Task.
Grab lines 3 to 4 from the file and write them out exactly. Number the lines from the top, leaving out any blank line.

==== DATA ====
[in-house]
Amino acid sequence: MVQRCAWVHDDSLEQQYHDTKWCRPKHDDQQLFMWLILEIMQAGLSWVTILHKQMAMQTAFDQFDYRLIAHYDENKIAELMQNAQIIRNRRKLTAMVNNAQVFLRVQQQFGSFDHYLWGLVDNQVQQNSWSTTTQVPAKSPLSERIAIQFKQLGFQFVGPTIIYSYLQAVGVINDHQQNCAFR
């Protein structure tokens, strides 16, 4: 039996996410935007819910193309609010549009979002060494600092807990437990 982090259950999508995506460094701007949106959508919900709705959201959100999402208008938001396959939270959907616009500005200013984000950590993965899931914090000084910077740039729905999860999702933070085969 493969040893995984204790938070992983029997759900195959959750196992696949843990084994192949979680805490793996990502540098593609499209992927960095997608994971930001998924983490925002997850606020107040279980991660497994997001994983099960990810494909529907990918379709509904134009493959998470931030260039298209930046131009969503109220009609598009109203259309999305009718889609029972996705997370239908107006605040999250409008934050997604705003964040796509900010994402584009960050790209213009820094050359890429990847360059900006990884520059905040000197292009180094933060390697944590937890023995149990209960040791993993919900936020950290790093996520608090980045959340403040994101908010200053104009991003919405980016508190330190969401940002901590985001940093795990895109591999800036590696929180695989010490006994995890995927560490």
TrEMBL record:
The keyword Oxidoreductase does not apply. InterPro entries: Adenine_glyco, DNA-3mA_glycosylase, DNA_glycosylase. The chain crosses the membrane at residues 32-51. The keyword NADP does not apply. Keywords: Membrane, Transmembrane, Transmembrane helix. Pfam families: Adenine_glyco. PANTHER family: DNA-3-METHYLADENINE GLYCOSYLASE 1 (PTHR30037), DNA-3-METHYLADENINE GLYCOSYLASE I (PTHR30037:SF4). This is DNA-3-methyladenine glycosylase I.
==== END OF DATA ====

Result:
């Protein structure tokens, strides 16, 4: 039996996410935007819910193309609010549009979002060494600092807990437990 982090259950999508995506460094701007949106959508919900709705959201959100999402208008938001396959939270959907616009500005200013984000950590993965899931914090000084910077740039729905999860999702933070085969 493969040893995984204790938070992983029997759900195959959750196992696949843990084994192949979680805490793996990502540098593609499209992927960095997608994971930001998924983490925002997850606020107040279980991660497994997001994983099960990810494909529907990918379709509904134009493959998470931030260039298209930046131009969503109220009609598009109203259309999305009718889609029972996705997370239908107006605040999250409008934050997604705003964040796509900010994402584009960050790209213009820094050359890429990847360059900006990884520059905040000197292009180094933060390697944590937890023995149990209960040791993993919900936020950290790093996520608090980045959340403040994101908010200053104009991003919405980016508190330190969401940002901590985001940093795990895109591999800036590696929180695989010490006994995890995927560490």
TrEMBL record: